Woman accused of falsifying drug test results in exchange for narcotics
Faith Huffman | News-Telegram News Editor

Feb. 1, 2007 - Law enforcement shut down a local drug screening company Wednesday morning, when the owner was arrested for accepting drugs as payment for falsifying test results for people being tested — usually truck drivers.

Roeena Dae Willingham Jones, 43, of Sulphur Springs was arrested at about 10:30 a.m. Wednesday at her Church Street business — Alcohol, Drug and DNA Testing — on charges of possession of about 3.8 grams of the controlled substance methamphetamine and tampering with government documents, both felony offenses. The business was closed down and all records seized.

Jones spent the night in jail and was arraigned before Precinct 2 Justice of the Peace Ronny Glossup, who set bond at $10,000 per charge. She remained in the county jail at 10 a.m. Thursday.

The bust was the result of an ongoing joint investigation by Sulphur Springs Police Department Special Crimes Unit Lt. Ron Plaxco and Sgt. Harold McClure, Hopkins County Sheriff's SCU Sgt. Tony Crouse and HCSO Investigators Jace Anglin and Lewis Tatum. 

"As far as we're concerned, this is a real big deal," Hopkins County Sheriff Butch Adams said.

The officers had received information that the owner of the Church Street business was falsifying truck driver's test results, showing them to be negative for prohibited substances. After further investigation into the claim, the officers learned the owner, Jones, was "taking dope" in exchange for a negative or passing test result, especially for truck drivers.

At 10:17 a.m. Wednesday, officers caught Jones at her business accepting methamphetamine as payment for a false "passing" test. The officers confronted Jones, who had methamphetamine in her possession.

The officers also worked with District Attorney Martin Braddy, who helped secure a search warrant. The team then went to the business and seized all of Jones' documents and records, and as a result, shut and locked down the business.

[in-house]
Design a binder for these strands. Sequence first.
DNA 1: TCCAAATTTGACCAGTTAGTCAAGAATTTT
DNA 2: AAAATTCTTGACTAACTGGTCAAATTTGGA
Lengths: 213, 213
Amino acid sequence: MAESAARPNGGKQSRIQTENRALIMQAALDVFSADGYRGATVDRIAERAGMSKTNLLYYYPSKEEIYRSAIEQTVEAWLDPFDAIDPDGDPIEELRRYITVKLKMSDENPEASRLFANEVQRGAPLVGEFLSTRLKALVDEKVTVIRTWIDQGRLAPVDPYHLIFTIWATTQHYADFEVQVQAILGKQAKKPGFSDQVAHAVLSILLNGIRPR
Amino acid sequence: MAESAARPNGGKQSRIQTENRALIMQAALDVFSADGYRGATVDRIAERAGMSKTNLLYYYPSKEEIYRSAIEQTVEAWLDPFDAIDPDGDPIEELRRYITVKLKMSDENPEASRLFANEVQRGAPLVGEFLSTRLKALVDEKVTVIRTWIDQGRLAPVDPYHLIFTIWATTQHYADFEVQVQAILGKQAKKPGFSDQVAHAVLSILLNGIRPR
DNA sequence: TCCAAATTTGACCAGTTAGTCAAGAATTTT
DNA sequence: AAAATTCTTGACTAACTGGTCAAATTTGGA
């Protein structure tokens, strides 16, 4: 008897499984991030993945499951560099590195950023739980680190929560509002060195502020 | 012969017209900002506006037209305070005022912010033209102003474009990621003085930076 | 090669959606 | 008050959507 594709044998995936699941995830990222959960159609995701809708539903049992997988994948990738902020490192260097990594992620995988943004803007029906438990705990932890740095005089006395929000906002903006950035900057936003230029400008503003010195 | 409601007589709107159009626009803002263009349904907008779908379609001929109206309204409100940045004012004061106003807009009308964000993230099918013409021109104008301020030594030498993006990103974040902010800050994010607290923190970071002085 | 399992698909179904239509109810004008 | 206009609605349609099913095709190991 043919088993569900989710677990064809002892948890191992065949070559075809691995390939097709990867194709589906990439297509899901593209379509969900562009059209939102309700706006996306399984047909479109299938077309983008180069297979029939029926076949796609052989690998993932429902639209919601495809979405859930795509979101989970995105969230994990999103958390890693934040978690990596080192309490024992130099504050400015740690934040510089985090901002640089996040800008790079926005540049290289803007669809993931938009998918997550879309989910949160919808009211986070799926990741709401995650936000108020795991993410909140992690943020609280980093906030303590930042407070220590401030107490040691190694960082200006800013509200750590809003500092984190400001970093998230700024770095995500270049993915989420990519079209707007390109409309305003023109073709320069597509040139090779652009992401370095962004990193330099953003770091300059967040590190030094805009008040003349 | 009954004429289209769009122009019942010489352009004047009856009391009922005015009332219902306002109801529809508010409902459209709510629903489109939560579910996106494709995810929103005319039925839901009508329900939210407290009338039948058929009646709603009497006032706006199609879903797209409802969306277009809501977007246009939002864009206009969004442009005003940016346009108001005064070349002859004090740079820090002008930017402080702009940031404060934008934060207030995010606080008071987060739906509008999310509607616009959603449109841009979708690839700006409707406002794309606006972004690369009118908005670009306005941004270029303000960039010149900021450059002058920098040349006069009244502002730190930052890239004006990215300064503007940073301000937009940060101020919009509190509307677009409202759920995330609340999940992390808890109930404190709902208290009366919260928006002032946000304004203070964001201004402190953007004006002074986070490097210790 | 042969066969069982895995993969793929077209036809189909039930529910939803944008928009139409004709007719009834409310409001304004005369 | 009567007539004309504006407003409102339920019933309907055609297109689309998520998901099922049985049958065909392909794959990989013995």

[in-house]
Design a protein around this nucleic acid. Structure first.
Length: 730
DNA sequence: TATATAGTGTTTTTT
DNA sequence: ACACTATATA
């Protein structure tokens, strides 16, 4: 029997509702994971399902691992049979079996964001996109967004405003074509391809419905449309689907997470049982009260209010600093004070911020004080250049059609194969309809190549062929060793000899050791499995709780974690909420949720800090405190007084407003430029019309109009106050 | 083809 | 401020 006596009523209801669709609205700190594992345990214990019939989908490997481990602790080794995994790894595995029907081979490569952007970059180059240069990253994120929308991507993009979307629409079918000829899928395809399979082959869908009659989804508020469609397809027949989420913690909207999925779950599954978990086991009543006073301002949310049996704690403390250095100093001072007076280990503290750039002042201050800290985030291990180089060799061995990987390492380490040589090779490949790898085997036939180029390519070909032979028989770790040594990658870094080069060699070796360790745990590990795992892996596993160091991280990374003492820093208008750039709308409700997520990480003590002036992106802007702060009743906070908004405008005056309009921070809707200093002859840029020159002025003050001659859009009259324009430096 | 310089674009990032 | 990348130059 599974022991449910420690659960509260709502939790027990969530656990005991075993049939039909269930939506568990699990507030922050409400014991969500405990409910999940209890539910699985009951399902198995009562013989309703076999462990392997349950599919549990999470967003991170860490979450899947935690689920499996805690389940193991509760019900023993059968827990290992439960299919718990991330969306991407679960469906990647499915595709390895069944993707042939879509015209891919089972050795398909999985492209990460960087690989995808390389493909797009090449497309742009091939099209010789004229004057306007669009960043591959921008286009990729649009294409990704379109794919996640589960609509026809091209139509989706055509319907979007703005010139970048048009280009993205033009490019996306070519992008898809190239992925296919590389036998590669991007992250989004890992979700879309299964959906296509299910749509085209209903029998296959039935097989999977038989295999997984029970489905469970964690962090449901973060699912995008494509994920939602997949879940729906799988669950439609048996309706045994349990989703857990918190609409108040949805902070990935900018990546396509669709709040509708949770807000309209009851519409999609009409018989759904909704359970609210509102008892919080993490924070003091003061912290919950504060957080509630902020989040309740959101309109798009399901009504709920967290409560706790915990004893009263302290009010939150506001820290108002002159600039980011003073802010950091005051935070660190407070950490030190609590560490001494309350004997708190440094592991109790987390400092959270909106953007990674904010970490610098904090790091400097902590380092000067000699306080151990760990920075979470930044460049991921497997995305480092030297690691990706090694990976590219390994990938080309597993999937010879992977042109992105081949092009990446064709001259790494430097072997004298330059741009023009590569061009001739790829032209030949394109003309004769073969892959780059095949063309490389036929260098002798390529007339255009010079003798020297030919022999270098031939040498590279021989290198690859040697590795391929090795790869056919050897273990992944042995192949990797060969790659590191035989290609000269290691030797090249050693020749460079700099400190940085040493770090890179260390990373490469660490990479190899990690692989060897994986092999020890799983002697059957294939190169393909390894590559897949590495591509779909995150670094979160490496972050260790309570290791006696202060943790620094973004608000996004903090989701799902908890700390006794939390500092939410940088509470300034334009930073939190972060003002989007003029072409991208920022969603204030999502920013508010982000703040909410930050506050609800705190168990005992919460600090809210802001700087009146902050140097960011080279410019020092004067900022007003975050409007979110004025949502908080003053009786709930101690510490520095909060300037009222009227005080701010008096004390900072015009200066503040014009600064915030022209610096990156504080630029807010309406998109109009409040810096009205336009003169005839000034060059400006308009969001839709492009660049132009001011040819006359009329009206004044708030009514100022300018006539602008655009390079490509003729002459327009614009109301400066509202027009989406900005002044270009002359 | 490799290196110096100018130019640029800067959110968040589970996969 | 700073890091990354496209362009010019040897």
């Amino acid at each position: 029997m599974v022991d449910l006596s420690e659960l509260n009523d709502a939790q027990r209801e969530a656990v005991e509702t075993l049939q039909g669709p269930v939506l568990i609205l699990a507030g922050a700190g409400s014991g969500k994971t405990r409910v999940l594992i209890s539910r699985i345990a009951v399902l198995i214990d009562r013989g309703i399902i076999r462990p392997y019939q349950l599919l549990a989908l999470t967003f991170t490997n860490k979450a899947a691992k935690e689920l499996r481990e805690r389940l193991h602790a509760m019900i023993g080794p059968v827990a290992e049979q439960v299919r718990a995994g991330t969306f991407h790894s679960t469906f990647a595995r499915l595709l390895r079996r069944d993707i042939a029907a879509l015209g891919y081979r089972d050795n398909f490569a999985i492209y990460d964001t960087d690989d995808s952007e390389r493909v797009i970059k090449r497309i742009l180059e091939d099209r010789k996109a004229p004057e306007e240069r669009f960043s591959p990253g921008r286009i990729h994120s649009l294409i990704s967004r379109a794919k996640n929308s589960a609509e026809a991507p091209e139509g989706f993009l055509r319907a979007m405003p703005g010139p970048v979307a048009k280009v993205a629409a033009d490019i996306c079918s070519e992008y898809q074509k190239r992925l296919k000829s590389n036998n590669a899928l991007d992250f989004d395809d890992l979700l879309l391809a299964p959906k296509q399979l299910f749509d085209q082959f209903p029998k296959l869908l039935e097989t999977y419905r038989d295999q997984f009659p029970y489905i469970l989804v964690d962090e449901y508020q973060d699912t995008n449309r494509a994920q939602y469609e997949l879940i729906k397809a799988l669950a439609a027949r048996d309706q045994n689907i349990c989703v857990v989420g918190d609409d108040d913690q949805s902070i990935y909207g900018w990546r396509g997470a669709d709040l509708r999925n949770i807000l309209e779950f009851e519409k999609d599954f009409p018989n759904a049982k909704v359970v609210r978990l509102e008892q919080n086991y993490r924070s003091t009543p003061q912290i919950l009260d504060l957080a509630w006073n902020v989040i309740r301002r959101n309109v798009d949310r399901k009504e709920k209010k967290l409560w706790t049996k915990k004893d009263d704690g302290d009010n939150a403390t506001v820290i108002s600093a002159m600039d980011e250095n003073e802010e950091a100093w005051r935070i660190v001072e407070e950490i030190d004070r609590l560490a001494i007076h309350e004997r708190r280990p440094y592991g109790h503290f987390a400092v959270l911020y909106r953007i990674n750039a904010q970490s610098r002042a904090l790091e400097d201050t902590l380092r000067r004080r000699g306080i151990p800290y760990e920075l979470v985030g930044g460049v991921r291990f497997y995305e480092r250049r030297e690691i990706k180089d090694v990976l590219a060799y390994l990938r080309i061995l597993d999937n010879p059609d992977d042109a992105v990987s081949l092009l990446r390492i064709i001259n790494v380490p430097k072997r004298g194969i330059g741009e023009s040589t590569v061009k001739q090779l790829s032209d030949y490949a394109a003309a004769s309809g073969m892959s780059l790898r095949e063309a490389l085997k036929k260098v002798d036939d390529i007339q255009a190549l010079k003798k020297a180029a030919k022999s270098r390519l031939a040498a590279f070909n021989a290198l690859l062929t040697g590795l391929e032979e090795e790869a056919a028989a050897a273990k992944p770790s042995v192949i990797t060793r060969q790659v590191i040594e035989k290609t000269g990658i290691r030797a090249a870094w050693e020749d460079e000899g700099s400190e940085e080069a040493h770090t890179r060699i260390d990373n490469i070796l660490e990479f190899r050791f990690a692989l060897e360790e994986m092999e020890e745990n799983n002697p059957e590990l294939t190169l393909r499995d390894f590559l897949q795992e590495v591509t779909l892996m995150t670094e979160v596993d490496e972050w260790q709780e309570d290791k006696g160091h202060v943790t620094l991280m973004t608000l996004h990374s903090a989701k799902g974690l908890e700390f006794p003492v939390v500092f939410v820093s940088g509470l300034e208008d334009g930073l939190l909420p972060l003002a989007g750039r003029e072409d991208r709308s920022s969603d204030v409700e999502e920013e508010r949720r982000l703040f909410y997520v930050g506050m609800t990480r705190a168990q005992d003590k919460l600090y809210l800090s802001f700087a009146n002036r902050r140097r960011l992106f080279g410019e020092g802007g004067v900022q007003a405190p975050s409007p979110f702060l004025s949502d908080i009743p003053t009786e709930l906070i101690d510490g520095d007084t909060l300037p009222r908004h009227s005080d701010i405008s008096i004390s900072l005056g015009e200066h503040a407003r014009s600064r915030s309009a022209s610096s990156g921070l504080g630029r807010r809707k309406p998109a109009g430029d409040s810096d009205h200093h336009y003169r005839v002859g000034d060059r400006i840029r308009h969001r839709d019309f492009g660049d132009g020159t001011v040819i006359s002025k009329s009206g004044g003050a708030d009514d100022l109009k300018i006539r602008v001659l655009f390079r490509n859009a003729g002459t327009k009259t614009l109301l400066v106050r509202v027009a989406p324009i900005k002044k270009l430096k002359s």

Thus far, they are unsure how many people, particularly truck drivers, benefited from the "false" tests, but officers "jumped on" the case due to the potential danger of people driving 80,000 pound rigs on the roads while under the influence of illegal substances.

SCU officers also contacted the federal government and TxDoT, and are still awaiting instructions from those agencies as to how they should proceed regarding the investigation, as well as what, if anything, needs to be done relative to previous test results, particularly any which are questionable or determined to have been falsified. SCU will continue to work with those authorities regarding the case. 

"They all did a great job, and I thank investigators Tatum and Anglin for their help," SSPD Chief Jim Bayuk said Thursday morning. "As for the three SCU officers, the general public has no idea just how much work they do in narcotics enforcement. It's nonstop. I can't say enough for their work ethic. Their focus is making good, solid narcotics cases."

Sheriff Butch Adams added, "These three SCU officers are really energetic in getting information and the jump on trying to stop the flow of narcotics in our city and county." 

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